Morales says Anez gov't using army against Bolivians

Bolivians taking own security measures in rural, community watch, says former leader

Beyza Binnur Dönmez   | 13.01.2020
Morales says Anez gov't using army against Bolivians


Bolivia's former President Evo Morales said on Monday that Bolivians are providing their own security due to the de facto government's alleged use of the armed forces against its citizens.

"How can peace and democracy be guaranteed in a state without rights if the de facto government of Bolivia uses, by decree, the FFAA [Bolivian Armed Forces] to slaughter and persecute the defenseless people?" Morales asked on Twitter.

He added that this situation leads people to provide their security with autonomous peasant patrols in rural, community watch and other ancestral forms for their safety.

"Bolivia lives a state without rights, where they send irregular groups 'pititas' and 'motoqueros', converted into de facto government paramilitary force, fencing homes, beating, requisitioning individuals and violating fundamental rights with the complicity of the Police," Morales said.

In a separate tweet, the former leader stressed that peace, reconciliation and unity in Bolivia would "only" be achieved by restoring the rule of law, eliminating paramilitary groups and fighting against inequality, discrimination and poverty.

Morales' remarks came as a response to a tweet of Bolivia's interim President Jeanie Anez.

"Morales' statements only show that peace, reconciliation and democracy were never options for him," Anez said after Bolivian radio Kawsachun Coca Tropico released a recording of Morales.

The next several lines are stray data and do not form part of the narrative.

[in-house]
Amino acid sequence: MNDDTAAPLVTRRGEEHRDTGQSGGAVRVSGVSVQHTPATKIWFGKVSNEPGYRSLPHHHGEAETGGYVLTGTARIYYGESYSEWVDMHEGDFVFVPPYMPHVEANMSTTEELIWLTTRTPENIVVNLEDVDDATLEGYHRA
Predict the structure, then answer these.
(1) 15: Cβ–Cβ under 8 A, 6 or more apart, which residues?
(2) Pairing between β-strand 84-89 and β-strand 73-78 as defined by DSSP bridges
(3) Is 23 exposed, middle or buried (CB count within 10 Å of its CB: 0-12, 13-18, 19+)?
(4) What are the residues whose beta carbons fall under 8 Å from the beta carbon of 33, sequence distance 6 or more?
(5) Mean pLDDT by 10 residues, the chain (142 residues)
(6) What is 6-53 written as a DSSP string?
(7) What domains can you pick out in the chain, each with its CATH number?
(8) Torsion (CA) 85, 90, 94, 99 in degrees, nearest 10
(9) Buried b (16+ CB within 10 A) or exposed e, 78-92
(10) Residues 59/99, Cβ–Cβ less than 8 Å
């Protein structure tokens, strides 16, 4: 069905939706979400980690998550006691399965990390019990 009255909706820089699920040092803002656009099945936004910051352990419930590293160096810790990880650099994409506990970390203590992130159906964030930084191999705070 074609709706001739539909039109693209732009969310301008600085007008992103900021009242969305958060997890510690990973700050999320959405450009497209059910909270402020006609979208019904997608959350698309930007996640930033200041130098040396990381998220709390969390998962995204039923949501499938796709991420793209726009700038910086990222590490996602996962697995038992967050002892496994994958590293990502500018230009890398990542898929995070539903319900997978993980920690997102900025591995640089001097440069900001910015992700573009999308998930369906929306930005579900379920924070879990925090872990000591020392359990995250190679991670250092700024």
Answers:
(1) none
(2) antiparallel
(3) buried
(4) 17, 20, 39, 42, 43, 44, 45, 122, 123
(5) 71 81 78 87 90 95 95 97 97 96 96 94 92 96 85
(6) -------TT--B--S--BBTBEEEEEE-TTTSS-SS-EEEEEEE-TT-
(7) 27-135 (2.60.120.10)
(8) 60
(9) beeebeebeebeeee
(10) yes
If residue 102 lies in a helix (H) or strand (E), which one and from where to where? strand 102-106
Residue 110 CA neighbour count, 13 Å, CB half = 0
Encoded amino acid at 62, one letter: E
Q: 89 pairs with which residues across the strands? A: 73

Anez accused the former leader of having an intention "of sowing terror and violence."

"If between now and in a little while... I were to return (to Bolivia) or someone else goes back, we must organize as in Venezuela armed militias of the people," Morales said in the recording. "We were too trusting. The blunder: we did not have a 'Plan B."

Morales later confirmed that it was his voice in the recording in an interview with Reuters on Sunday, saying people have a right to defend themselves if the new government was attacking them.

Morales also defended Sunday his remarks in the leaked recording on Twitter.

He said the indigenous farmers always have provided their own security.

"In some regions, it was called a community watch; in other ones: militias. Now, union police or union security. All within the framework of our uses and customs, and respecting the Constitution," Morales added.

Turmoil in Bolivia began when Morales won a fourth term in office in October and faced immediate resistance from opposition parties that challenged election results. Protesters took to the streets claiming the ballot was rigged.

After weeks of upheaval, Morales resigned under pressure from the military and moved to Mexico, where he was offered political asylum. He was then granted asylum in Argentina.

Meanwhile, conservative Senator Anez proclaimed herself interim president.

A new presidential election is set for May 3, however, Morales will not be able to run as he has already hit the constitutional limit of two terms of office.

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